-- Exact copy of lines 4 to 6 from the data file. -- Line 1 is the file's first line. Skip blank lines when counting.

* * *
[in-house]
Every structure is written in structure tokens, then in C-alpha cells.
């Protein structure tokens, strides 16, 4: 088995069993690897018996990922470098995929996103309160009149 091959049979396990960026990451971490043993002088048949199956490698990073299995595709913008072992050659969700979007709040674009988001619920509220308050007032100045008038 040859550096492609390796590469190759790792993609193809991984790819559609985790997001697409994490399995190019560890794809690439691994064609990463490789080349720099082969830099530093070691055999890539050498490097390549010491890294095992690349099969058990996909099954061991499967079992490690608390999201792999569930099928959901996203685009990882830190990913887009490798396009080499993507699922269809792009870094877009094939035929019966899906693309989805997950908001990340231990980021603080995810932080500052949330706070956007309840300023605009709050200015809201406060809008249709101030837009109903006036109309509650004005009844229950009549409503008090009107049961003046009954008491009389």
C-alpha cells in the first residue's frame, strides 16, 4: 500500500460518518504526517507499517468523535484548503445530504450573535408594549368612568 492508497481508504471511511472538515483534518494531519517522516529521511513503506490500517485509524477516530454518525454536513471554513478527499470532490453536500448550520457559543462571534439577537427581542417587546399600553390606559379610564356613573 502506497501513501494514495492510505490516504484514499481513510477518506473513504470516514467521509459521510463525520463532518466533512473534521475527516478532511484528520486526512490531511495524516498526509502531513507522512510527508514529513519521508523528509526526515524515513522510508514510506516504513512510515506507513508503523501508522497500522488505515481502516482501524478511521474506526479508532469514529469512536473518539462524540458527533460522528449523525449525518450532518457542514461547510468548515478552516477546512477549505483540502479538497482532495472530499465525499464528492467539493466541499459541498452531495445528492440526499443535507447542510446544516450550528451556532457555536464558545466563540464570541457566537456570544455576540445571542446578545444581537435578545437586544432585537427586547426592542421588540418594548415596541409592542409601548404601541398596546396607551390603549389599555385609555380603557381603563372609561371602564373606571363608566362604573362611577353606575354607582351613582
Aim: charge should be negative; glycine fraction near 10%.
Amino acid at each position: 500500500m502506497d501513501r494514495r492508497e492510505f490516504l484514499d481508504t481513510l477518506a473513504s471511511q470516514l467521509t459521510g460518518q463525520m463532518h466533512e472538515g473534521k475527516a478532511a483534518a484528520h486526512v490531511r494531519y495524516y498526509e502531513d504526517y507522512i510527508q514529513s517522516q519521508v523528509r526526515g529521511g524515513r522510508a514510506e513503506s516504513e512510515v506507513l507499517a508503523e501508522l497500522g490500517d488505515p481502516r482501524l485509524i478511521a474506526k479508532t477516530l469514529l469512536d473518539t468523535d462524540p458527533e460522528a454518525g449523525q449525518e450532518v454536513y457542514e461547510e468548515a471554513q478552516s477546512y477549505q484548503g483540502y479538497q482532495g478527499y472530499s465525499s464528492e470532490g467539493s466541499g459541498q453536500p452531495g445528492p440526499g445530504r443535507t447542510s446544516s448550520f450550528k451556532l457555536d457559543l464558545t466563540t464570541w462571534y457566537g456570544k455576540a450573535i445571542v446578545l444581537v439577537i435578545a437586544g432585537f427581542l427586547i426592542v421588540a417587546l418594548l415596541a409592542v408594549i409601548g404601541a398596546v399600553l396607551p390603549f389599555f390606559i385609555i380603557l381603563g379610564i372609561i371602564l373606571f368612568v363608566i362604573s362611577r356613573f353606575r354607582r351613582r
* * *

C-alpha cells in the first residue's frame, strides 16, 4: 500500500460518518504526517507499517468523535484548503445530504450573535408594549368612568 492508497481508504471511511472538515483534518494531519517522516529521511513503506490500517485509524477516530454518525454536513471554513478527499470532490453536500448550520457559543462571534439577537427581542417587546399600553390606559379610564356613573 502506497501513501494514495492510505490516504484514499481513510477518506473513504470516514467521509459521510463525520463532518466533512473534521475527516478532511484528520486526512490531511495524516498526509502531513507522512510527508514529513519521508523528509526526515524515513522510508514510506516504513512510515506507513508503523501508522497500522488505515481502516482501524478511521474506526479508532469514529469512536473518539462524540458527533460522528449523525449525518450532518457542514461547510468548515478552516477546512477549505483540502479538497482532495472530499465525499464528492467539493466541499459541498452531495445528492440526499443535507447542510446544516450550528451556532457555536464558545466563540464570541457566537456570544455576540445571542446578545444581537435578545437586544432585537427586547426592542421588540418594548415596541409592542409601548404601541398596546396607551390603549389599555385609555380603557381603563372609561371602564373606571363608566362604573362611577353606575354607582351613582
Aim: charge should be negative; glycine fraction near 10%.
Amino acid at each position: 500500500m502506497d501513501r494514495r492508497e492510505f490516504l484514499d481508504t481513510l477518506a473513504s471511511q470516514l467521509t459521510g460518518q463525520m463532518h466533512e472538515g473534521k475527516a478532511a483534518a484528520h486526512v490531511r494531519y495524516y498526509e502531513d504526517y507522512i510527508q514529513s517522516q519521508v523528509r526526515g529521511g524515513r522510508a514510506e513503506s516504513e512510515v506507513l507499517a508503523e501508522l497500522g490500517d488505515p481502516r482501524l485509524i478511521a474506526k479508532t477516530l469514529l469512536d473518539t468523535d462524540p458527533e460522528a454518525g449523525q449525518e450532518v454536513y457542514e461547510e468548515a471554513q478552516s477546512y477549505q484548503g483540502y479538497q482532495g478527499y472530499s465525499s464528492e470532490g467539493s466541499g459541498q453536500p452531495g445528492p440526499g445530504r443535507t447542510s446544516s448550520f450550528k451556532l457555536d457559543l464558545t466563540t464570541w462571534y457566537g456570544k455576540a450573535i445571542v446578545l444581537v439577537i435578545a437586544g432585537f427581542l427586547i426592542v421588540a417587546l418594548l415596541a409592542v408594549i409601548g404601541a398596546v399600553l396607551p390603549f389599555f390606559i385609555i380603557l381603563g379610564i372609561i371602564l373606571f368612568v363608566i362604573s362611577r356613573f353606575r354607582r351613582r